The movement erupted on 22 February, when Bouteflika announced that he would stand for a fifth term as president of the republic. Barring the corruption and authoritarian nature of his regime, the outrage of the masses is compounded by the fact that Bouteflika has been more-or-less vegetative since he suffered a stroke in 2013. However, lulled into a false sense of confidence, the cabal of generals, businessmen and state bureaucrats who use him as an empty vessel for their rule, thought they could go about their usual business with impunity. Dialectically, however, this was one insult too many, and decades of pent-up anger and frustration at the degenerate regime bubbled towards the surface. Initially, these gentlemen thought they could react to upheavals as usual, by threatening to drag the country down a bloody civil war such as the one in Syria, or that Algeria itself witnessed in the ‘90s. But the defiant youth on the streets replied with the slogan: “this is not Syria”. They have had enough.

The head of UGTA (The General Union of Algerian Workers), Abdelmadjid Sidi Said, who is close to Bouteflika, warned (the ruling class) about the rising mood of anger amongst the working class. This was also reflected in a statement by the UGTA branches in the large industrial suburbs of Algier, Rouiba and Reghaia, saying that, "the members do not want a system that is linked to the oligarchs."

All of this came to a head last week, starting with a multi-million-man day of protests on 8 March, followed by a widespread call for a general strike. This strike movement started to materialise on Sunday 10 March. At first, individual groups of workers went on strike, coordinating only on an individual level and via social media. But throughout Sunday and Monday, the vast majority of the local chapters of the General Union of Algerian Workers (UGTA), defying their regime-friendly leadership, joined in. The strike swept through the country, hitting ports, car plants, trains, metros, agri-businesses, shops, schools, and, most importantly, the oil and gas sector, which saw major disruptions.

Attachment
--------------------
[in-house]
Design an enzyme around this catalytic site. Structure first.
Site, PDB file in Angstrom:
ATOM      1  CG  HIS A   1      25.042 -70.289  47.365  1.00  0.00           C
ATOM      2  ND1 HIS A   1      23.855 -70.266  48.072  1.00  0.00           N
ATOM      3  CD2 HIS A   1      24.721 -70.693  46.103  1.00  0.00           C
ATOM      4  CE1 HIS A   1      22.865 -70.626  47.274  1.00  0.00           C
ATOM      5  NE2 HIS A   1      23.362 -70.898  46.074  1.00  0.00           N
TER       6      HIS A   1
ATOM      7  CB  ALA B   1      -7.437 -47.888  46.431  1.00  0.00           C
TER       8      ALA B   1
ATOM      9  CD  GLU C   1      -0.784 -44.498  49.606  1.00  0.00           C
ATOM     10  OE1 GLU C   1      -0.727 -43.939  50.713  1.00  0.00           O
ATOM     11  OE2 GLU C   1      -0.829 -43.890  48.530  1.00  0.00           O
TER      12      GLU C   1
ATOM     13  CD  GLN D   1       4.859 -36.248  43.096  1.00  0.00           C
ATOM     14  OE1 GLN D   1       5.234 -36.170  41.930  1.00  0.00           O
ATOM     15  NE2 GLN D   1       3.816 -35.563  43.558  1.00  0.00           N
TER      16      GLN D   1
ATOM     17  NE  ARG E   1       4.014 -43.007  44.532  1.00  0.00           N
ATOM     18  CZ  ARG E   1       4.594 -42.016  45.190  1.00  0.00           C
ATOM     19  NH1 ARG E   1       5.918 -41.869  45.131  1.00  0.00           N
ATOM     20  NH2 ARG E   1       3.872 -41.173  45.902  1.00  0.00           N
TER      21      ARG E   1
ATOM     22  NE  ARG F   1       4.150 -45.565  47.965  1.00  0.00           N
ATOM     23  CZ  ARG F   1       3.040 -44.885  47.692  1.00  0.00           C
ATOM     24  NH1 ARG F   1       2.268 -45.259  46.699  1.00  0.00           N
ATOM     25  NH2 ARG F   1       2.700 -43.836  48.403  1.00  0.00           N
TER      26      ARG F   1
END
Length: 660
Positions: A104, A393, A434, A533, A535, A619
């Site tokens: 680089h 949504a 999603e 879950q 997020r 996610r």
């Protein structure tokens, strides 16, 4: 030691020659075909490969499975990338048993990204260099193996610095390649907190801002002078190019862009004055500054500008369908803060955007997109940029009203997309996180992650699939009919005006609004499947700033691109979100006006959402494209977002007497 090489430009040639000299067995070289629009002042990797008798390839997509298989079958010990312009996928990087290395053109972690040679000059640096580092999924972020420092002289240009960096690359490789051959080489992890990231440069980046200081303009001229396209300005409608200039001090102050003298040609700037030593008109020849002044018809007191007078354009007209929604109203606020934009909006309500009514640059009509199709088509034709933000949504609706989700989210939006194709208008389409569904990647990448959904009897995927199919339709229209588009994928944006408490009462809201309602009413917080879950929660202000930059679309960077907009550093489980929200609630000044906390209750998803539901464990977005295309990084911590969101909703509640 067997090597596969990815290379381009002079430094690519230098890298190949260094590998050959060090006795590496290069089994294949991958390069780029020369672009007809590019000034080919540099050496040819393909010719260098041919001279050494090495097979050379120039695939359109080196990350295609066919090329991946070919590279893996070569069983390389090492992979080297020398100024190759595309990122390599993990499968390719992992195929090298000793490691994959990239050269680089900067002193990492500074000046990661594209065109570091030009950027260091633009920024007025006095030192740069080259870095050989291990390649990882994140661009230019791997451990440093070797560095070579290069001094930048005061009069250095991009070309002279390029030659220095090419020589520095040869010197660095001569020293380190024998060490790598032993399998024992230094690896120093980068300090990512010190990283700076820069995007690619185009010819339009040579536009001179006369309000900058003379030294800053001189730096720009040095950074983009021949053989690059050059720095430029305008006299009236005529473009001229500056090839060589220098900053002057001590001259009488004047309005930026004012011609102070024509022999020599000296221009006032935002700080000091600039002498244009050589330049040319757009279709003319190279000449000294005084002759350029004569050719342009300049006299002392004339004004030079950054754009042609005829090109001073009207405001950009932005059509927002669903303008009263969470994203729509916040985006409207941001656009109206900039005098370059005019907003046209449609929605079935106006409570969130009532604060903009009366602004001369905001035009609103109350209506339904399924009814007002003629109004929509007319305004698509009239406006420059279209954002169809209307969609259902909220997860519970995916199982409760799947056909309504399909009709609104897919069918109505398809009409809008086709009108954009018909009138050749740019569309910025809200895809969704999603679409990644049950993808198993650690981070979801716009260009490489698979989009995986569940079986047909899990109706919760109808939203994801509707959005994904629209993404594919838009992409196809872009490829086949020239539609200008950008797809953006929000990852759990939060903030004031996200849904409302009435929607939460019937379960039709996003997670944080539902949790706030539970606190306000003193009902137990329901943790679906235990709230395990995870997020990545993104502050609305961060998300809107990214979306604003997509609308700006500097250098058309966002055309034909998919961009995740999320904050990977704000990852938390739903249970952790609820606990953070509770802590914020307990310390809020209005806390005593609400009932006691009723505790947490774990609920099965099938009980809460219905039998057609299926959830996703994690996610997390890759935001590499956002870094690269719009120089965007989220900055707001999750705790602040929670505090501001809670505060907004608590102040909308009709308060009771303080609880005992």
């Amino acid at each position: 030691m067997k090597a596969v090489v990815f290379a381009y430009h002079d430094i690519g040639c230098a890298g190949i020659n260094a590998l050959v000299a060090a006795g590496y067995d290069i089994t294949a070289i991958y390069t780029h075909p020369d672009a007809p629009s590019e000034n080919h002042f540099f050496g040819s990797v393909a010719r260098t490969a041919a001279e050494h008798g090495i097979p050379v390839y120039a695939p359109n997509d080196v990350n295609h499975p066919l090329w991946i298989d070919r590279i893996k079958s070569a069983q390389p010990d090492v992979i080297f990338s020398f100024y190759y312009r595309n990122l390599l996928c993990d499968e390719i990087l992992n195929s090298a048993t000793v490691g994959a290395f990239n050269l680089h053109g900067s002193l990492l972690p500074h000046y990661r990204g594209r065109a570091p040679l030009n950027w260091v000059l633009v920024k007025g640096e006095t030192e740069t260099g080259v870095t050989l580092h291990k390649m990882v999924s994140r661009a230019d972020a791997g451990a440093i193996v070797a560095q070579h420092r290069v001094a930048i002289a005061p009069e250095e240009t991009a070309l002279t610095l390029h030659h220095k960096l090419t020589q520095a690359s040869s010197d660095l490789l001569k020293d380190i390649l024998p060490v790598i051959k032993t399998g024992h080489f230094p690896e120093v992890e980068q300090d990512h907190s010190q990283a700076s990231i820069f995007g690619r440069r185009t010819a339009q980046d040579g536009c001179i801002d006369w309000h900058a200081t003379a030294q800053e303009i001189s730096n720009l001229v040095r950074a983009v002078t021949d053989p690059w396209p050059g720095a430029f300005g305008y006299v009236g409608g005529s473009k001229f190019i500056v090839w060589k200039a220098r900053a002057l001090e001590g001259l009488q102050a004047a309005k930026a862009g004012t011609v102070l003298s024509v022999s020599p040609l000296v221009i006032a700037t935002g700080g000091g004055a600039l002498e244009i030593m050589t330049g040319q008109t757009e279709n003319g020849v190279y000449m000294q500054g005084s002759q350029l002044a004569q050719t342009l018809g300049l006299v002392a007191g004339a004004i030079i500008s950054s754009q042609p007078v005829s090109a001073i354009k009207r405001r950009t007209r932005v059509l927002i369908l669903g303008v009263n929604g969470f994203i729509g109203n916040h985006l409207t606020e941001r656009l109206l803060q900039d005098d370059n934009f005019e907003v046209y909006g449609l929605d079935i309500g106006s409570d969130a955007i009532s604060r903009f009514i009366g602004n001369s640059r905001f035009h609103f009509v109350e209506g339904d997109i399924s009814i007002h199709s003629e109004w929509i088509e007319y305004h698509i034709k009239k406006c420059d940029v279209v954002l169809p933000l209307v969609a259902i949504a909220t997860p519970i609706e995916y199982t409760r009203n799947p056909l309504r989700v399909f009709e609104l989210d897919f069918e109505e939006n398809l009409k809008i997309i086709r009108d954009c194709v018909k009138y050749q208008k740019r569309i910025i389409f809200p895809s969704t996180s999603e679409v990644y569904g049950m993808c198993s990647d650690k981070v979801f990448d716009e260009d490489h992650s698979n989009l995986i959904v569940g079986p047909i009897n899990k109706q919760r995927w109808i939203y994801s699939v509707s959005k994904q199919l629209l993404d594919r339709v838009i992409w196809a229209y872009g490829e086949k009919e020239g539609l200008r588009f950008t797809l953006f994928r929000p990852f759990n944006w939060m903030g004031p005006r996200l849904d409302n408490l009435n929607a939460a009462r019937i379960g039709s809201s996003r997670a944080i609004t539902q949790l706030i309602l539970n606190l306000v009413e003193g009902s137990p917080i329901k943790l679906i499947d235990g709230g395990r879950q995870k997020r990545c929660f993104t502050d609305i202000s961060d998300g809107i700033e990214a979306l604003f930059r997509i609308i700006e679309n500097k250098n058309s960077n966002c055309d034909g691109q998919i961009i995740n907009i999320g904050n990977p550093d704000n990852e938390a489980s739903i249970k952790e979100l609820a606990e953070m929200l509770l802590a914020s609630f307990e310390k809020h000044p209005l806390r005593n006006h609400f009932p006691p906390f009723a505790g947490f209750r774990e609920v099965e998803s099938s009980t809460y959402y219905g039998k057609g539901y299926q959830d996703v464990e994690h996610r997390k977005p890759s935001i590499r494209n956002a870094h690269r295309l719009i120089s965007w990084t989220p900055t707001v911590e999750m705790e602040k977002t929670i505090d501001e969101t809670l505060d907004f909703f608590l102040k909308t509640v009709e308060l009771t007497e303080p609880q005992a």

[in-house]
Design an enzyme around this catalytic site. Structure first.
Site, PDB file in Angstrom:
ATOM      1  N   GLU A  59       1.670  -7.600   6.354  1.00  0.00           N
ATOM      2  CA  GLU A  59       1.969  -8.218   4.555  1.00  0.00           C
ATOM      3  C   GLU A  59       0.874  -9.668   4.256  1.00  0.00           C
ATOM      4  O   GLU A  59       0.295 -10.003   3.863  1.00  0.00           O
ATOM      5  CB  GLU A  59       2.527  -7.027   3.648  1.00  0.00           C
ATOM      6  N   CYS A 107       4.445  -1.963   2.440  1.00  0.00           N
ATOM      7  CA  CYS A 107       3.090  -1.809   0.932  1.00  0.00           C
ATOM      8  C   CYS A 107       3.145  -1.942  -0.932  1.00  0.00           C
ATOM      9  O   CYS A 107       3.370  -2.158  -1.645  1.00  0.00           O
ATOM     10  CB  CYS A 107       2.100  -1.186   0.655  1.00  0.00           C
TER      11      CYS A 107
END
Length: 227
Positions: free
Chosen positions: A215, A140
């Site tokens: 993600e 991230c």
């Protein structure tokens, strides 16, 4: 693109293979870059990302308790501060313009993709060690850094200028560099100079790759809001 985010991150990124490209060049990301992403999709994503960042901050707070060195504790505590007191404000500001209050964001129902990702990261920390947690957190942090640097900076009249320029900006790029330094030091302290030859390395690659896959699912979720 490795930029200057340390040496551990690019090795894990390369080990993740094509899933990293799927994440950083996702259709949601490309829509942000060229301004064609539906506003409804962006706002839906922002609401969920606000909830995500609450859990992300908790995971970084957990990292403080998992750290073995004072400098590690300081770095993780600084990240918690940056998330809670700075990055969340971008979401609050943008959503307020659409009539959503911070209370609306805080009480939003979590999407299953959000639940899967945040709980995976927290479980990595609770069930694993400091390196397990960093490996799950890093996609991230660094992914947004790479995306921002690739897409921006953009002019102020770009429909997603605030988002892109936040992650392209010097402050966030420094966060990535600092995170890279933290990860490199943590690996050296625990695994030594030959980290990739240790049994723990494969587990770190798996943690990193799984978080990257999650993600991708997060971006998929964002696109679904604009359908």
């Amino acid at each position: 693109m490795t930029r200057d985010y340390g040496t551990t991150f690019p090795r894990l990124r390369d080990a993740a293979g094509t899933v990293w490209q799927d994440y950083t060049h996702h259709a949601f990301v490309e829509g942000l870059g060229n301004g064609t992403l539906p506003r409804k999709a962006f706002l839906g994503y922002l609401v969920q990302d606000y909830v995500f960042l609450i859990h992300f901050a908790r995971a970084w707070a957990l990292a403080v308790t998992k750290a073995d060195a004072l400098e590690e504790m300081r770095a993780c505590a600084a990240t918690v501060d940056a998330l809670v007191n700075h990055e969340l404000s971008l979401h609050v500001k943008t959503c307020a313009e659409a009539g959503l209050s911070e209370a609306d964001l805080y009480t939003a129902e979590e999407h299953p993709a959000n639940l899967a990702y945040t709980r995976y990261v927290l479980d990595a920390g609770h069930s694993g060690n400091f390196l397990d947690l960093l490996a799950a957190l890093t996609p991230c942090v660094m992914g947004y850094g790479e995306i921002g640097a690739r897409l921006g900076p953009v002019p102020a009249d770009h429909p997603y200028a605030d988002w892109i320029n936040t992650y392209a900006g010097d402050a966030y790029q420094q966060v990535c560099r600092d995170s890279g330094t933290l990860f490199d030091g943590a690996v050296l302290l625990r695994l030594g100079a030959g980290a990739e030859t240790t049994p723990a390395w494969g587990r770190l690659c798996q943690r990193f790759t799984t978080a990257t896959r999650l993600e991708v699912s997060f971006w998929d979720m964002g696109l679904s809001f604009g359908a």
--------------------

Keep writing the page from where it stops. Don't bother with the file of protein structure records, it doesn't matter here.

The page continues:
As the confidence of the masses was rising, the ruling class began to wobble. FLN veterans of the anti-colonial struggle, organised in the National Organisation of Mujahideen stated that, "it is the duty of Algerian society in all its segments to take to the streets." Imams throughout the country refused to carry pro-regime sermons, and 1,000 judges said they would not legitimise an election if it went ahead with Bouteflika in the race. Even the army chief of staff, Ahmed Gaid Salah, who has been rabidly opposed to the movement, threatening it at every occasion came out on Sunday saying that “the people and the army have a common vision for the future”.

The decisive factor in all of this, was the entrance of the working class onto the arena as an organised force. In the Egyptian and Tunisian revolutions, it was exactly the developing general strikes that dealt the final blow to the ailing dictators. Seeing that the Algerian working class was moving in the same direction, the regime quickly withdrew. What these gentlemen fear the most is that the working class should realise its own power and potential. That is, that it should realise it does not need the capitalists, the oligarchs, the state bureaucracy and the generals to run society.

The regime manoeuvers

Manoeuvring for time, Bouteflika (or rather, the people who speak in his name), announced that he would not stand for a fifth term. Instead, the elections would be postponed (indefinitely) while a national “conference” is organised where a new constitution will be drafted. He also dismissed the former Prime Minister Ahmed Ouyahia and appointed a new one, Noureddine Bedoui; as well as a Deputy Prime Minister, Ramtane Lamamra.